Food Network's Ted Allen talks about Dining Out for Life

Chopped host Ted Allen is a spokesperson for the restaurant fundraiser to fight HIV/AIDS
Chopped host Ted Allen is a spokesperson for the restaurant fundraiser to fight HIV/AIDS
Peter Ross

This Thursday more than 180 restaurants around the Twin Cities will take part in a national fundraiser to help raise money and awareness for the fight against HIV/AIDS. Dining Out for Life is an annual event in which restaurants from across the country donate a portion of their evening's proceeds to local HIV/AIDS-related charities. Twin Cities restaurants are donating anywhere from 20 to 100 percent of the evening's profits.

One of Dining Out for Life's celebrity spokespeople is Ted Allen, the Emmy Award-winning host of the Food Network's hit TV show Chopped. Allen has also served as a judge on the Food Network's Iron Chef America and Bravo's Top Chef, and he is the author of The Food You Want to Eat: 100 Smart, Simple Recipes. The Hot Dish recently talked with Allen about the national dine-out event.

The Hot Dish: First, can you tell us a little about Dining Out for Life? Ted Allen: Dining Out for Life is something that I really enjoy supporting because it's such a perfect fit for anybody that loves food, loves restaurants, loves chefs, and wants to do something for their community.

So, one day a year hundreds of restaurants in 60-something cities all over the United States donate a portion of their proceeds to the fight against HIV and AIDS. What's great about it is that they donate exclusively to organizations right in your own town. So all you have to do -- and this happens this Thursday, the 25th -- is go to, look at the list of restaurants that are participating, pick one of your favorites, or maybe even better, pick a new place you want to try, and just go have dinner with your friends. It's the same regular price. You might be encouraged to have dessert or a nice bottle of wine, and the restaurant will donate a portion of those proceeds to HIV and AIDS organizations right in your own town, helping your neighbors, helping your relatives, helping your friends. It's such an elegant fundraiser. It raises over $4 million in a single day.

HD: How did you get involved with Dining Out for Life? Allen: Well, they asked me. Five years ago, and for all the reasons I just explained, how could I say no? I always say that the real heroes in the fight against HIV are of course the people who are health care workers, activists, volunteers, and people who devote their whole lives to this, but not everybody can do that. You're a reporter, a lot of people are schoolteachers, police officers, plumbers, or whatever, but anybody can do this. We all have to eat, and all you have to do is grab a couple of friends and go out to dinner and you're making a really meaningful contribution to the fight against HIV and AIDS right in your own town, and I think that's amazing. You can say, 'Oh, my gosh, I should be doing more," but you know what, the people that organize this are setting it up to make it possible for everybody to do something with the limited time that you have, and the payoff is enormous.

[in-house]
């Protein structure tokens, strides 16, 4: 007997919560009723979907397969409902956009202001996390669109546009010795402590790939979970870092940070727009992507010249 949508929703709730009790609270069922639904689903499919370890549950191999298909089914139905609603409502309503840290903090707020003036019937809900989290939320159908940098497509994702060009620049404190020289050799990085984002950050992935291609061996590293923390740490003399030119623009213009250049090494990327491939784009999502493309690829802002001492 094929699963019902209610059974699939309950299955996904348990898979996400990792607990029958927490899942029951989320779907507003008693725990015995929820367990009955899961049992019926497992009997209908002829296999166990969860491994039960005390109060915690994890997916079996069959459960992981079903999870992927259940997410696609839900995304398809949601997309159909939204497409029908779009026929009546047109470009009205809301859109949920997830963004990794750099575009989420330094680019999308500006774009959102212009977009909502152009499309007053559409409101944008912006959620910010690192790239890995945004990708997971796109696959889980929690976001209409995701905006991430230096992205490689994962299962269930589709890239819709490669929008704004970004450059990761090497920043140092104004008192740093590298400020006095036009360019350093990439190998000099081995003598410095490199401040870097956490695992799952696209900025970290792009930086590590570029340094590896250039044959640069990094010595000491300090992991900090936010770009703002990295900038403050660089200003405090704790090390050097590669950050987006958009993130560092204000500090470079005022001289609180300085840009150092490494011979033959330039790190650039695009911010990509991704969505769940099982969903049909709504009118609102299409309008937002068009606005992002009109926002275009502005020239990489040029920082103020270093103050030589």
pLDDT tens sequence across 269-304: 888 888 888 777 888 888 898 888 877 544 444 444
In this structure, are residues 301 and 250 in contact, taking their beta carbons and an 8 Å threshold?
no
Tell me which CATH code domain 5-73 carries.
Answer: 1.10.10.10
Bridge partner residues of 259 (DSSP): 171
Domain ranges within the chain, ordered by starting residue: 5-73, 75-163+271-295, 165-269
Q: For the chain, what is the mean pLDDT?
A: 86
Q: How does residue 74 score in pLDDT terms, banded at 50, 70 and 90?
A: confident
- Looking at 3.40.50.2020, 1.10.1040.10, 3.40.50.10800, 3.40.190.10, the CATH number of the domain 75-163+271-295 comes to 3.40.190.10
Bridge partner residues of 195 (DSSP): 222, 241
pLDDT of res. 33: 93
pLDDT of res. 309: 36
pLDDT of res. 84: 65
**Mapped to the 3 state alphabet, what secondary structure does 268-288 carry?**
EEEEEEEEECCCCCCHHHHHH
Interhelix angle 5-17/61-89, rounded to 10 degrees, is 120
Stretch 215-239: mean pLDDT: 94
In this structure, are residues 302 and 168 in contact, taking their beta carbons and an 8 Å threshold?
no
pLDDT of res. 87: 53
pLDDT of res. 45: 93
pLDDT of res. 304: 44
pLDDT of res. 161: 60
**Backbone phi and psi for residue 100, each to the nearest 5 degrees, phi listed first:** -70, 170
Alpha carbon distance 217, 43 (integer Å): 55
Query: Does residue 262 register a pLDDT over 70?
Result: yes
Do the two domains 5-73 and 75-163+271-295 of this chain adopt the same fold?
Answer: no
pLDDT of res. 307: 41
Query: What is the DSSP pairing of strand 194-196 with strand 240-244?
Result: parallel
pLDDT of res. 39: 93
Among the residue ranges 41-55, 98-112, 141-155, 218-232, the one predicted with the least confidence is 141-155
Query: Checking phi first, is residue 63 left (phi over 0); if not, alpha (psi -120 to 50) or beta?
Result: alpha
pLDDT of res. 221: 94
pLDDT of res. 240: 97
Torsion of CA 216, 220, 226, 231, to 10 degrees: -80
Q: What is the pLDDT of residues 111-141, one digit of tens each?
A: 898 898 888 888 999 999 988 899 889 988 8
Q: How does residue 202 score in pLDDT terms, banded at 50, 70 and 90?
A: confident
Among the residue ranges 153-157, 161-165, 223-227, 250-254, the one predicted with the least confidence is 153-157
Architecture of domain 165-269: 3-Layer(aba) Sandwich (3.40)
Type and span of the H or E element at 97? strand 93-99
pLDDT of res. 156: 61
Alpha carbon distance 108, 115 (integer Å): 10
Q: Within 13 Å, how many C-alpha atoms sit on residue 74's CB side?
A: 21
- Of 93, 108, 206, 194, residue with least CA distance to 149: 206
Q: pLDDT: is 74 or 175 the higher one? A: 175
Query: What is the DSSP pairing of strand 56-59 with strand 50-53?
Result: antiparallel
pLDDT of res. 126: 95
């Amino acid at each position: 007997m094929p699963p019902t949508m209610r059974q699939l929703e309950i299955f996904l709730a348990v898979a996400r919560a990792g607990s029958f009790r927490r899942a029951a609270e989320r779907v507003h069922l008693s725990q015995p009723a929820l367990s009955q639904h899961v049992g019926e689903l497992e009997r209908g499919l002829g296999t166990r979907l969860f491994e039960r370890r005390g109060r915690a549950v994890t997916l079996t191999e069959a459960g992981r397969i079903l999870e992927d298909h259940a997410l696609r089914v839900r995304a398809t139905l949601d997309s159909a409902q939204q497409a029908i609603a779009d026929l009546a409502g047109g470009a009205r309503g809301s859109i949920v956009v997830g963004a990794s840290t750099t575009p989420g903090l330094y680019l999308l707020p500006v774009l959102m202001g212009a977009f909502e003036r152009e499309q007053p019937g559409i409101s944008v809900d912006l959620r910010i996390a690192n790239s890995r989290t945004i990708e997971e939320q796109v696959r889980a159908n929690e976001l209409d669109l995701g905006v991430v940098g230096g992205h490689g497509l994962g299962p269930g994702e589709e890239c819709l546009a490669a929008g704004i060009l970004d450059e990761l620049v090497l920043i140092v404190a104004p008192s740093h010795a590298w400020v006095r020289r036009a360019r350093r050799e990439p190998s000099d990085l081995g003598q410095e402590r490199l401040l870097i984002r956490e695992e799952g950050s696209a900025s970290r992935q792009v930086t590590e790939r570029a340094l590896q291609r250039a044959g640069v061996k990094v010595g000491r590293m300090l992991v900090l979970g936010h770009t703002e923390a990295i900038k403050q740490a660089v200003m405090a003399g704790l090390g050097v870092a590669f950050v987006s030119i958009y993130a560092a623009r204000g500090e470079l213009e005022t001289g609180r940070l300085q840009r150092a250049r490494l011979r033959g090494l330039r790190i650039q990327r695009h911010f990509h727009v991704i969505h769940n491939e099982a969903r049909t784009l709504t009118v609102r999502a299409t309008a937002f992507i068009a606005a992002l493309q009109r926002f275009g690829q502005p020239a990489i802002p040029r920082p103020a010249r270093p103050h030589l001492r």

HD: So according to the literature, over 3,000 restaurants across the country participate in Dining Out for Life. Doing some quick math, that gives us an average of over $1,300 per restaurant. Allen: Yeah, that's pretty cool. I mean, there are big restaurants and there are small restaurants, but for a restaurant to come up with that kind of a donation in one evening, for a lot of restaurants that's a really big deal.

HD: Do you know where all that money goes? What kinds of charities receive the funds? Allen: Yeah, it typically goes to groups that provide meals to people who are ill or groups that provide testing to people that need to be tested. It all kind of depends on the specific needs in your city. For a long time the face of HIV/AIDS was changing from, of course, when this first happened in the '80s, it was perceived as a gay white male disease, and it predominately was. Then as the gay community rose up and dealt with it and got into prevention, especially when treatments were discovered, the demographics shifted more to woman of color and people who were in poverty. However, you know, we're also kind of victims of our own success here when you see a whole new generation of young gay men who didn't see this first plague, and infections are on the rise in that demographic now too. As they used to say in the early '90s, the AIDS crisis is not over. I think that this effort is important to not only raise money but to also get the word out to that audience that you still need to be careful.

HD: Okay, one last fun one for the road. What's been one of your most interesting experiences hosting the Food Network's Chopped? Allen: I don't want to give away the results of any of the episodes, even though there are so many that you're not going to remember, but we shot an episode with teenagers. We had kids ranging from 12 years old to I want to say 17, and the dessert that ended up winning was from one of these kids that wasn't even old enough to work yet, and it was the absolute best dessert that we've ever had in the history of the show. It was amazing, and it's just constantly surprising.

For more information on the event and for a list of local participating restaurants, go to Dining Out for Life's Twin Cities website. In Minneapolis/St. Paul the money raised will be donated to the Aliveness Project, a local organization that provides food services for individuals with HIV/AIDS, and the Rural AIDS Action Network, which provides educational and health management services.

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